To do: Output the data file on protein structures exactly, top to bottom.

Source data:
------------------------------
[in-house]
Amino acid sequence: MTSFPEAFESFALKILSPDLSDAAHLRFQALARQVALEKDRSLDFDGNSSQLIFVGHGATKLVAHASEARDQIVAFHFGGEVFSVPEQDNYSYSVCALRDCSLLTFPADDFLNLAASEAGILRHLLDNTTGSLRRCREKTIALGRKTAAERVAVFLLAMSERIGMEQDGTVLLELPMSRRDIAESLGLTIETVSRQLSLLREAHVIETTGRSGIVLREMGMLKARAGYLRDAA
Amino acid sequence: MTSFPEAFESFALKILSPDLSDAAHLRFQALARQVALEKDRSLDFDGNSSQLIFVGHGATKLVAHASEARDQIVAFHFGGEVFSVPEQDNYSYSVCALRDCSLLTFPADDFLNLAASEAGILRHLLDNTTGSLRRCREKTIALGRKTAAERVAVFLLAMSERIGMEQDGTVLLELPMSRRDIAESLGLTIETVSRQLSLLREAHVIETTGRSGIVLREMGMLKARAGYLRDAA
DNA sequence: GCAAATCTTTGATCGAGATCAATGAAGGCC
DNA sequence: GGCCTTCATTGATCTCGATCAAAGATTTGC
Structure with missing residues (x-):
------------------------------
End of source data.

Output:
[in-house]
Amino acid sequence: MTSFPEAFESFALKILSPDLSDAAHLRFQALARQVALEKDRSLDFDGNSSQLIFVGHGATKLVAHASEARDQIVAFHFGGEVFSVPEQDNYSYSVCALRDCSLLTFPADDFLNLAASEAGILRHLLDNTTGSLRRCREKTIALGRKTAAERVAVFLLAMSERIGMEQDGTVLLELPMSRRDIAESLGLTIETVSRQLSLLREAHVIETTGRSGIVLREMGMLKARAGYLRDAA
Amino acid sequence: MTSFPEAFESFALKILSPDLSDAAHLRFQALARQVALEKDRSLDFDGNSSQLIFVGHGATKLVAHASEARDQIVAFHFGGEVFSVPEQDNYSYSVCALRDCSLLTFPADDFLNLAASEAGILRHLLDNTTGSLRRCREKTIALGRKTAAERVAVFLLAMSERIGMEQDGTVLLELPMSRRDIAESLGLTIETVSRQLSLLREAHVIETTGRSGIVLREMGMLKARAGYLRDAA
DNA sequence: GCAAATCTTTGATCGAGATCAATGAAGGCC
DNA sequence: GGCCTTCATTGATCTCGATCAAAGATTTGC
Structure with missing residues (x-):